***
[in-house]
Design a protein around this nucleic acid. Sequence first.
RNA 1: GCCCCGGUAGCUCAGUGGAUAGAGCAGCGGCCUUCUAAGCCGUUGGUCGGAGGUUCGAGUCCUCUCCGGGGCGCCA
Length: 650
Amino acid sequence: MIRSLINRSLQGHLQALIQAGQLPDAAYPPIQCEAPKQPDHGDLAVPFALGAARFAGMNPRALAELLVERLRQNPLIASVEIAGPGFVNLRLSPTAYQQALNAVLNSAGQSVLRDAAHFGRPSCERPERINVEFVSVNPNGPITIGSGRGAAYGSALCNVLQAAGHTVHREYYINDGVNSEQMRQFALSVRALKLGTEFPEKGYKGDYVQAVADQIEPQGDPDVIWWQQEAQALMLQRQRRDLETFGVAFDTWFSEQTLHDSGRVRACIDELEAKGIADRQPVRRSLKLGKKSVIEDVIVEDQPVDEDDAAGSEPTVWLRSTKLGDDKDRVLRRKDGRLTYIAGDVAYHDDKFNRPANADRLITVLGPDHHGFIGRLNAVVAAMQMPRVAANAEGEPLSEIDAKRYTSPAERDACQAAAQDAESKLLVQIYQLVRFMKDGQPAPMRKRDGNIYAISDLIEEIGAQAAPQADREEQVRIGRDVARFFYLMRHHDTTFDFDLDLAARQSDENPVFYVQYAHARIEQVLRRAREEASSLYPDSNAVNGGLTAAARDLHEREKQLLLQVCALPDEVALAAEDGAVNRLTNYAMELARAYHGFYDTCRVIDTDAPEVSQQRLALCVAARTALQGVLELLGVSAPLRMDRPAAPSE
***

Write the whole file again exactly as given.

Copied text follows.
[in-house]
Design a protein around this nucleic acid. Sequence first.
RNA 1: GCCCCGGUAGCUCAGUGGAUAGAGCAGCGGCCUUCUAAGCCGUUGGUCGGAGGUUCGAGUCCUCUCCGGGGCGCCA
Length: 650
Amino acid sequence: MIRSLINRSLQGHLQALIQAGQLPDAAYPPIQCEAPKQPDHGDLAVPFALGAARFAGMNPRALAELLVERLRQNPLIASVEIAGPGFVNLRLSPTAYQQALNAVLNSAGQSVLRDAAHFGRPSCERPERINVEFVSVNPNGPITIGSGRGAAYGSALCNVLQAAGHTVHREYYINDGVNSEQMRQFALSVRALKLGTEFPEKGYKGDYVQAVADQIEPQGDPDVIWWQQEAQALMLQRQRRDLETFGVAFDTWFSEQTLHDSGRVRACIDELEAKGIADRQPVRRSLKLGKKSVIEDVIVEDQPVDEDDAAGSEPTVWLRSTKLGDDKDRVLRRKDGRLTYIAGDVAYHDDKFNRPANADRLITVLGPDHHGFIGRLNAVVAAMQMPRVAANAEGEPLSEIDAKRYTSPAERDACQAAAQDAESKLLVQIYQLVRFMKDGQPAPMRKRDGNIYAISDLIEEIGAQAAPQADREEQVRIGRDVARFFYLMRHHDTTFDFDLDLAARQSDENPVFYVQYAHARIEQVLRRAREEASSLYPDSNAVNGGLTAAARDLHEREKQLLLQVCALPDEVALAAEDGAVNRLTNYAMELARAYHGFYDTCRVIDTDAPEVSQQRLALCVAARTALQGVLELLGVSAPLRMDRPAAPSE